The case for eliminating government – 7

SocratesAh, eliminating government by creating something better. This is the final post in the seven part series.

In my previous post, I asked how we could capitalize on a dynamic in which people who do bad things provoke positive actions we want to see.  I used the domestic abuse dynamic as an example.  You’ve probably thought of other examples if you’ve followed the case I’m making for eliminating government.

The domestic violence example shows we already see people’s bad actions perpetrating resulting good actions of others.

In our innovation, our economic system known as Copiosis, we create a society based on several innovations on the status quo which globalizes the dynamic illustrated in the domestic abuse example.  It creates a situation where everyone (even those who act badly) create a better world without the need of money as it is known today, without jobs, insurance, the financial sector, without corporations, politicians and politics and, for sure, without government.

Central to our innovation is net benefit.  Net benefit represents the contribution you make to society as recognized by the universe.  You earn net benefit when you make people and the planet better off.  Do the opposite and you earn nothing.  Note this is not a coercive edict.  You can do things that make the planet and people worse off.  You just don’t earn net benefit.  You probably won’t get any help doing those acts either, nor will people want to have much to do with you.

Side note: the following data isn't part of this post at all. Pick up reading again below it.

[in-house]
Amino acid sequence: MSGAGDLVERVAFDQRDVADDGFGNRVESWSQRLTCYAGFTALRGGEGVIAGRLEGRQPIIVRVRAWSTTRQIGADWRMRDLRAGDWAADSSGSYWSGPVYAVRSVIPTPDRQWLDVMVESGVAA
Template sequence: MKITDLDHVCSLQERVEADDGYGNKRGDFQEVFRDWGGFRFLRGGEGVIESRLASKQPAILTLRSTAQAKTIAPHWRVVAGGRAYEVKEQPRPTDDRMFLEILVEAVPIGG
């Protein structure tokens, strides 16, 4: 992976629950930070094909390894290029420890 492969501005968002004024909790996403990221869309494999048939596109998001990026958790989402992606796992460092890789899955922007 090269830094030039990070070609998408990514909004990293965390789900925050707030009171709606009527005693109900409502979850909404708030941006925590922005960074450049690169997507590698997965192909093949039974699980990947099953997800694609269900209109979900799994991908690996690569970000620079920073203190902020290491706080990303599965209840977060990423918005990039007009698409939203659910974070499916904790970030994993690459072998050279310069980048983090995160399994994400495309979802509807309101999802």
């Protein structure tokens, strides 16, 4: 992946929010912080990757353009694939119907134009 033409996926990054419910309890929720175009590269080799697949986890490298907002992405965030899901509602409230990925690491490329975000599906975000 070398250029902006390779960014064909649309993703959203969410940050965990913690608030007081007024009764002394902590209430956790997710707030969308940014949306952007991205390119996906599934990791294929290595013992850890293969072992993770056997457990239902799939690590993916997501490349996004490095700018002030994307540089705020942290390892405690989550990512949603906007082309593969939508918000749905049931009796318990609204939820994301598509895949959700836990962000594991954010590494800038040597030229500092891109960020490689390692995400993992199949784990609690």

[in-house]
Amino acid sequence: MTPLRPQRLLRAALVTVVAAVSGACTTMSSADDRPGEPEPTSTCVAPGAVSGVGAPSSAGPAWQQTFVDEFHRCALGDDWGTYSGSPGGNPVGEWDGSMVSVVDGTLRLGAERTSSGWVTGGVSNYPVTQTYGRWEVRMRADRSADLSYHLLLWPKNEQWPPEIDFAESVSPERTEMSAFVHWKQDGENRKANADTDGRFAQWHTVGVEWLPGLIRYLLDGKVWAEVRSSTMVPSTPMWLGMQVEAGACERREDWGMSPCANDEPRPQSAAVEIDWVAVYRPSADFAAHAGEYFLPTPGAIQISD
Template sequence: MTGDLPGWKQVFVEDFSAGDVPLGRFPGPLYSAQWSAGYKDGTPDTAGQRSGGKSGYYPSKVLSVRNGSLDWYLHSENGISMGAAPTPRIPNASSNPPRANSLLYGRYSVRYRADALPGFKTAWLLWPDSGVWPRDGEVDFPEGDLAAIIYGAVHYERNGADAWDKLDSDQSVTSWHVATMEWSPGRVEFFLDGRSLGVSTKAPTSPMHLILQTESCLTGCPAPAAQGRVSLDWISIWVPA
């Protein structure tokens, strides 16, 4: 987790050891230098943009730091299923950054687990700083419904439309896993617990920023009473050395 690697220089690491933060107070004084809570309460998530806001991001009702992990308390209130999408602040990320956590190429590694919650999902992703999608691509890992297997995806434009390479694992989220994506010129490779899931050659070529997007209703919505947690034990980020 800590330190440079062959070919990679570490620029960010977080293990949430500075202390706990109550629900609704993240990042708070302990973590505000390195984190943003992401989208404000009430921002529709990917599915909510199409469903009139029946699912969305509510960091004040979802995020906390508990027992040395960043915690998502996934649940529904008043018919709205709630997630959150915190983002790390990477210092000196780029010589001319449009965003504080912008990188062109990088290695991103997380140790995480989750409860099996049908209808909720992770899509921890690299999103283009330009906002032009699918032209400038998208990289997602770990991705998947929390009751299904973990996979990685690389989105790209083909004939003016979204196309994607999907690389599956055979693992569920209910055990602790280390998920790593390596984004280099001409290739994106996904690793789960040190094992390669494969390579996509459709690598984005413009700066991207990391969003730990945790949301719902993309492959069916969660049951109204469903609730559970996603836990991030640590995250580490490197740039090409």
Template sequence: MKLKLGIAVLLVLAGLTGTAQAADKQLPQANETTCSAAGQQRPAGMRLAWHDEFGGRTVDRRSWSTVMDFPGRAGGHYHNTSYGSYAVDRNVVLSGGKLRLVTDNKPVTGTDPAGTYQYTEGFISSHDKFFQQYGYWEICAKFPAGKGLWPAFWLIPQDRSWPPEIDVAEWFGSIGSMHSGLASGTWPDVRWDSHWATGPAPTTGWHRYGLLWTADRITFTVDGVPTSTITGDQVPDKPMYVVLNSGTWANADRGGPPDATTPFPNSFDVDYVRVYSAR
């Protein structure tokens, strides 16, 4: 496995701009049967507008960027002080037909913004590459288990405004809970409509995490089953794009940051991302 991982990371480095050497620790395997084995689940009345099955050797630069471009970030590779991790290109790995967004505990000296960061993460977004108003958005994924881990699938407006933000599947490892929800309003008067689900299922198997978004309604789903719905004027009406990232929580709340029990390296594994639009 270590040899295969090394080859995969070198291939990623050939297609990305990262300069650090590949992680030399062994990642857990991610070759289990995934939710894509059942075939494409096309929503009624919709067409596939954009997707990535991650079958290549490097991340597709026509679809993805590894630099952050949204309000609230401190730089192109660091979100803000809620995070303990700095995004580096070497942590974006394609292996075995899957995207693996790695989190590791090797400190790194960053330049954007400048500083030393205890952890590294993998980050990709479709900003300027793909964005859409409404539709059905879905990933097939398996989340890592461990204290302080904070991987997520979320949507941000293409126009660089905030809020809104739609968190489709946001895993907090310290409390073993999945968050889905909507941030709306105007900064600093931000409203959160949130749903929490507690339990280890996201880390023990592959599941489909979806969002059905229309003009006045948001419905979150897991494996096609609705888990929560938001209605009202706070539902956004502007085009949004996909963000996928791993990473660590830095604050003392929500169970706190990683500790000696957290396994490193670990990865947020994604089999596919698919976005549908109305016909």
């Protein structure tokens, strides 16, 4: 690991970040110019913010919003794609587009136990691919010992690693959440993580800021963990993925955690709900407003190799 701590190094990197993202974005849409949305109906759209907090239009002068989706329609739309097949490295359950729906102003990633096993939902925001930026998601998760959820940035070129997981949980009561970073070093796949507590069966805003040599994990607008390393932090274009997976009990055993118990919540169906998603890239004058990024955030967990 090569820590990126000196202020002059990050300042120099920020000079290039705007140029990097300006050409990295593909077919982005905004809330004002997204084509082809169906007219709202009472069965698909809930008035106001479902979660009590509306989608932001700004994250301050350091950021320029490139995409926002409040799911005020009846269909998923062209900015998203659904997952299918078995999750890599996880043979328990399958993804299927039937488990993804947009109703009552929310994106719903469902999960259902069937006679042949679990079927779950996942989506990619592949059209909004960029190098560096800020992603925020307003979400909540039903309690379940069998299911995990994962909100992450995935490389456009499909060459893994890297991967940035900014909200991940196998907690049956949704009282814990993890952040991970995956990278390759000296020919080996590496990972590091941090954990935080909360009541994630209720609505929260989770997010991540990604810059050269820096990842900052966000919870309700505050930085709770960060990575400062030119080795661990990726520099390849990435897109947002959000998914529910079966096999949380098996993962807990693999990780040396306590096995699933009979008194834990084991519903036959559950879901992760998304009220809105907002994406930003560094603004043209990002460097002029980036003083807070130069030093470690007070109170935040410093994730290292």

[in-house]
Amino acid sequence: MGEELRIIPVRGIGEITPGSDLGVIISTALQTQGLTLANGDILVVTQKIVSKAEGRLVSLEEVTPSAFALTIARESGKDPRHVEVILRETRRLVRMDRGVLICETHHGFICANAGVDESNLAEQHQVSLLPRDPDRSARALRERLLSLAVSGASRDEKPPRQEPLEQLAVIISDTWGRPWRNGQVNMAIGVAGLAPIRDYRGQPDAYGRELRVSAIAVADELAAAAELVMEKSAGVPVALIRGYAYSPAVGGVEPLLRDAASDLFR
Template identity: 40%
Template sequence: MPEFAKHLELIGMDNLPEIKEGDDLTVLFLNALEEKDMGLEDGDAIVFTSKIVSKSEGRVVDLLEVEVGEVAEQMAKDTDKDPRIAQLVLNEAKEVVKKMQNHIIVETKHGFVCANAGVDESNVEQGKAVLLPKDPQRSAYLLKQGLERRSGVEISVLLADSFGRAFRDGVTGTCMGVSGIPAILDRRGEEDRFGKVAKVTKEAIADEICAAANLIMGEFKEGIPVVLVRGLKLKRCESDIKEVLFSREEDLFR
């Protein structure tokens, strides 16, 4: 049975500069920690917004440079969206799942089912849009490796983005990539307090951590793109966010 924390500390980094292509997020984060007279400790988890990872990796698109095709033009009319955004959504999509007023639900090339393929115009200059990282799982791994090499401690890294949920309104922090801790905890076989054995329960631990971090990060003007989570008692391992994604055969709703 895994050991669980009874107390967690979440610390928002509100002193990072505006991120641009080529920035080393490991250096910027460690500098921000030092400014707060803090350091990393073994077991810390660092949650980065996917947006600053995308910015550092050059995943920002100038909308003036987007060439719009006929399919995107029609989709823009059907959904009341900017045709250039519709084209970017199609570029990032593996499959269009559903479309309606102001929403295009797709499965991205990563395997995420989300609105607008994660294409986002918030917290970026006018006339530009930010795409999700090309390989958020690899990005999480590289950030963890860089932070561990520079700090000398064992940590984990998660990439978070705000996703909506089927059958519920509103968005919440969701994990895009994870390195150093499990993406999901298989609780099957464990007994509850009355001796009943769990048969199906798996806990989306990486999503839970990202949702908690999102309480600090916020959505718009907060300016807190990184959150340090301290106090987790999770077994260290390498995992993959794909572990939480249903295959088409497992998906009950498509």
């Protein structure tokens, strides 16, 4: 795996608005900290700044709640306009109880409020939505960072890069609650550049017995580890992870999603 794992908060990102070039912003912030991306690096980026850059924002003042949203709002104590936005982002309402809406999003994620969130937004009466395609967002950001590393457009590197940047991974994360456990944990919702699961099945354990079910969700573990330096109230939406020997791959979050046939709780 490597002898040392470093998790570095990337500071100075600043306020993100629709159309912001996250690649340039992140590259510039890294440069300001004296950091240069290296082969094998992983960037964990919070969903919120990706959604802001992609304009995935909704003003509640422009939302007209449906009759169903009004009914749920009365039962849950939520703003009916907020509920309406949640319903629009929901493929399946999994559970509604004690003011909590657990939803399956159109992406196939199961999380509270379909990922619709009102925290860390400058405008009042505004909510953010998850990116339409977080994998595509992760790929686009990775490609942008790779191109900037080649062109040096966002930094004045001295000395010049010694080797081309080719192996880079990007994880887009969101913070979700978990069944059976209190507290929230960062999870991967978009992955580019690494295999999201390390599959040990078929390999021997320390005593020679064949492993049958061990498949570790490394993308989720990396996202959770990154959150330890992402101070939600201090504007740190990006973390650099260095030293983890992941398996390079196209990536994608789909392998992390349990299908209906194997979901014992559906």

Net benefit is calculated via our net benefit formula.  We are in version six of that formula as it nears a beta.  The formula is never static, it will constantly evolve as social values evolve.  The formula accounts for the following inputs:

  • Resource availability
  • Number of producers using the resources
  • Consumer demand
  • Objective consumer benefits
  • Subjective consumer benefits
  • Effect (both positive and negative) of producer activity on the environment
  • Effect (both positive and negative) of producer activity on humanity

These inputs are used to determine what a person earns as she moves through the world affecting the lives of others and the planet as a whole.

The formula is administered by the Copiosis Administration, formerly called the Payer Organization.  This administration’s sole responsibility is rewarding individuals with net benefit via the formula.  The administration does not control nor direct nor exercise authority.  It rewards net benefit after the fact, for the consequences of the actions of individuals.  It gives no direction, although it may offer suggestions on where maximum net benefit may be earned.  It gives no orders.